The End of Pneumonia Could Be Here With This New Development

The End of Pneumonia Could Be Here With This New Development

Experts can now target upwards of 70 different types of pneumonia in one shot.

Feeling wheezy? According to the World Health Organization (WHO), back in 2004 pneumonia killed more than 2 million children worldwide. By 2015, that number had more than halved.

Why? The drop in cases has been attributed to people having better access to antibiotics and improved nutrition worldwide, but scientists feel that the biggest reason for the plunge lies elsewhere.

In the early 2000s, a pneumonia vaccine was introduced that targeted up to 23 of the most deadly types of the bacterium that causes pneumonia, called Streptococcus pneumonia. And now a newer vaccine is doing even more.

Good Bacteria

A study out of the University of Buffalo describes how the new vaccine successfully triggered an immune response to 72 different types of pneumonia, (who knew there were so many?). Researchers are celebrating this as the “most comprehensive” coverage of pneumococcal disease to date.

And of note yogurt fans, this vaccine also does something that many don’t: it only targets the bad bacteria in your body, leaving the good stuff to keep you healthy.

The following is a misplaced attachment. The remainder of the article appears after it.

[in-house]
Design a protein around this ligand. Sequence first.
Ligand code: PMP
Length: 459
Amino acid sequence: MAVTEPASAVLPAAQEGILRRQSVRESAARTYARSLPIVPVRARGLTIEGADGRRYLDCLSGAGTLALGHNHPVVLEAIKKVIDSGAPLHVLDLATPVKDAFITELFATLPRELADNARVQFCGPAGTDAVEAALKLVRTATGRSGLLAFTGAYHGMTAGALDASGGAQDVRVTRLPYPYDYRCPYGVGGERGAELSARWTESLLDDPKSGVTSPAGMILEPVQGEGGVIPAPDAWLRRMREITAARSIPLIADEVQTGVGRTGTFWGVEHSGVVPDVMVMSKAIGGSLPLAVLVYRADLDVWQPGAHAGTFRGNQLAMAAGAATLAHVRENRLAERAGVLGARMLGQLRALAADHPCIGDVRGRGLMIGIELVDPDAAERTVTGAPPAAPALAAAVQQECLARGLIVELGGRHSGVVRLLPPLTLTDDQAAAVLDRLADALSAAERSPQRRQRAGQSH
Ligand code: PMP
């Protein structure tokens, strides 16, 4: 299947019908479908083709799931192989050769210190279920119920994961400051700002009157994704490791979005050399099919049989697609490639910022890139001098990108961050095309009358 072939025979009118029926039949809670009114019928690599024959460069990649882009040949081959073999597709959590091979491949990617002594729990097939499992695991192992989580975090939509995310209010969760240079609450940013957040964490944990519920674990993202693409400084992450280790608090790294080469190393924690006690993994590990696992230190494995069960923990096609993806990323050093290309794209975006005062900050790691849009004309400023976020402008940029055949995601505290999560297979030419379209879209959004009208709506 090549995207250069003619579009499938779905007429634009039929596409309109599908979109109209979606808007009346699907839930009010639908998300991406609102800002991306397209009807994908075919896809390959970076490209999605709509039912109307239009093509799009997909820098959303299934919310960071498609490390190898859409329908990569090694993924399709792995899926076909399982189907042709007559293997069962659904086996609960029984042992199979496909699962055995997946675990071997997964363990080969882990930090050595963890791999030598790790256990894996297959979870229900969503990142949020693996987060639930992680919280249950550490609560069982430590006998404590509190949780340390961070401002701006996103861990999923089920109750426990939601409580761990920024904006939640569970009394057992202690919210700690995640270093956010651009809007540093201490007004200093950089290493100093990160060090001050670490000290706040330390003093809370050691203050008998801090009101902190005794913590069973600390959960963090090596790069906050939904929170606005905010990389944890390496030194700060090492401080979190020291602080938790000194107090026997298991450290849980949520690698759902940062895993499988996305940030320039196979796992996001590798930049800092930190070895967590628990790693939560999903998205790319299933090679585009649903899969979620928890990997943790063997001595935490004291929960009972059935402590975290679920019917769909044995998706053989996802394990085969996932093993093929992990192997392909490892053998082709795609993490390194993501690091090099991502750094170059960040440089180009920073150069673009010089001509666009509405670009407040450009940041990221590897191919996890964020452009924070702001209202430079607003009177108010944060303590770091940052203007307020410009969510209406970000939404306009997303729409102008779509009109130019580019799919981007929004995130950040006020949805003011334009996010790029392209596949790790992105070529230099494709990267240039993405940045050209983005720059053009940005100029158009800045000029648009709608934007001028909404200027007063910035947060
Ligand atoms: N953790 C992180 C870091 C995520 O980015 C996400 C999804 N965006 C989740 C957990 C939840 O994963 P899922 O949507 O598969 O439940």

“Traditional vaccines completely remove bacteria from the body. But we now know that bacteria – and in a larger sense, the microbiome — are beneficial to maintaining good health,” says Charles H. Jones, the study’s other co-lead author.

Related: Why Pneumonia Isn’t Contagious but What Causes It Is

“What’s really exciting is that we now have the ability… to watch over bacteria and attack it only if it breaks away from the colony to cause an illness. That’s important because if we leave the harmless bacteria in place, it prevents other harmful bacteria from filling that space.”

Doctors recommend that infants, young children and older adults over the age of 65 receive a pneumonia vaccine, as their immune systems can be weakened.

If you’re over 19 and suffering from certain medical conditions, it’s also a good idea. Talk to your doctor and stay healthy.

Photo credits: Kateryna Kon/

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